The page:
The drive was beautiful, the weather was ideal. Blue skies, no clouds, no wind…I don’t know anything about snow sports but I figure this was a good day. We arrived at the place and started trying to get ready to go. Things were pretty unorganized—Ilya wanted to go on the runs right away, me and Art wanted breakfast (and coffee!!!) first, so we split up. We ate breakfast while the brothers Gromov went up the mountain. Ilya was the first one down—he said he couldn’t stand to watch Lyosha anymore. He said he was falling and falling over and over, and getting really upset. Sure enough, about ten minutes later a very tired, very sweaty, and very grouchy Lyosha showed up and plopped down on the snow glowering. I was beginning to worry; if snowboarding is that hard for someone who’s done it before, what kind of luck will I have? I strapped into my bindings pretty nervously, and started to slowly slide down the little bunny slopes. Without any warning I upended and fell flat on my face. Man, it hurt! I didn’t think it would be easy, but I wasn’t expecting it to hurt! Feeling a little bewildered and not a little bit cheated, I got up again, slid a few feet, then fell hard on my butt.
Art decided to forgo a lot of bunny sloping, and went straight up on a run with the guys. I stayed behind with the kids, trying to figure out how to move on the snowboard and mostly falling. The bunny slopes were horrible: icy, really short, with lots of teenagers on sleds and tubes to run into you and knock you over. I was getting upset. The kids were not behaving. There was weeping and gnashing of teeth.
Finally the guys made it back down, Art was grinning painfully, Lyosha seemed a little less irritated but still tired. Ilya was entirely unfazed. Art told me to go up and try it. So I went up while he stayed with the kids. An hour long ski lift ride later, I was at the top of the mountain with Lyosha taking pictures. I still don’t know why. A half hour later I was with him at the top of a run, looking down the steep hill skeptically. Then Ilya called us and said this run was too hard, go down to the next one. Which we did. That was one was too hard as well. We went down to the next one and I almost quit. It had been almost two hours (they have the world’s slowest ski lifts) and I was worried that Art would be upset. Plus I was scared. But then I figured (quite correctly it turned out)that if I came back after all that time without having even gone Art would be even more irritated. So I went.
First thing that happened, I watched my feet helicopter through the air, then landed on my head so hard that I felt my teeth rattle. It was hard to get up. But I did. Then I fell. Got up. Fell. Got up. At one point I figure out how to slow down, and for awhile I did pretty good. But then I was just tired, and I started falling more than moving. It was harder and harder to get back on my feet. At one point I faced a really steep incline and just gave up and slid down on my butt. After what felt like eons, I finally dragged my bruised, sore, concussed self back to the bottom. Art was mad I’d taken so long. Lyosha was tired. Ilya was bummed we hadn’t had more fun. We drove back, ate at McDonalds again, then went back to the castle house and crashed. This time I slept.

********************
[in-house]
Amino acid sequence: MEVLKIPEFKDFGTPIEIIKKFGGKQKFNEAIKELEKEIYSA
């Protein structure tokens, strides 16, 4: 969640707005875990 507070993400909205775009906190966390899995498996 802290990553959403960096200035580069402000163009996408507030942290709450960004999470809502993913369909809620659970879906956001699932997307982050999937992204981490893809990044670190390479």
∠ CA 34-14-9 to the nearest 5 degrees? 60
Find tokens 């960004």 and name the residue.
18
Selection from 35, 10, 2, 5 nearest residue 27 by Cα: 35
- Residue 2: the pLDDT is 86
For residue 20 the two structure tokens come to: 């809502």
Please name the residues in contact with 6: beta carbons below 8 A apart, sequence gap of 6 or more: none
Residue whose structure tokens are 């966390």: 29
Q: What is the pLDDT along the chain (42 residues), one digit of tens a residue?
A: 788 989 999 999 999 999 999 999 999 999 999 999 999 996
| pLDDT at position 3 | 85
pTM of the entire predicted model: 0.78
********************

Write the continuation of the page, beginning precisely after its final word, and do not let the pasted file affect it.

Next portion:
The next day we decided to snowboard for half a day then go home. Originally we’d planned to spend another night, but the Gromov’s have allergies and the people we stayed with had cats and a huge dog and Ilya especially was suffering because of it. Plus, everyone was so sore. We also decided to try another ski place. Well…we got to that place, and it was amazing. HUGE. With really fast lifts, really good snow, and a really nice bunny slope. And I forgot to bring up my snowboard. It was fine, really; I was in so much pain and I don’t think I could have hauled myself up from a fall if I’d tried, so I just hung out with the kids playing on the snow skate while the guys went. We definitely have to go to that place next time. It was beautiful. Art was amazing—I need to post the video Ilya got of him going down a run—and that made me happy. And our Ilya was getting pretty good on the snow skate—he’s a natural!
Finally it was time to go. We piled into cars—this time I rode with Lyosha, to give Ilya a break from my incessant chatter and also for me to get a break from the kids—and off we went. We stopped at McDonalds yet again (I don’t want to see that place again for a long, LONG time) and then went home. I had a good time riding in Lyosha’s beast. It smells like gasoline, and is really loud, but it’s more comfortable. And I enjoyed the chance to talk to him and get to know him a little better.
All in all it was a typical vacation—a mixture of fun, irritation, exhaustion, getting lost, forgetting things, falling down, laughing…
I’d do it again.


mumpers said...

Sounds like a fun trip. It's so true about McDonalds abroad. I think we went to the one in Chisinau twice this weekend. Say hi to the Brothers Gromov for us. :)

Heather said...

Ouch! I'm sorry your first snowboarding experience was such a disaster. I hope things go better next time. Kind of reminds me of my mom's first (and only) time skiing - she forgot how to turn, split a fence and landed in the parking lot! Haha!

I want to see pictures of the castle house! =0)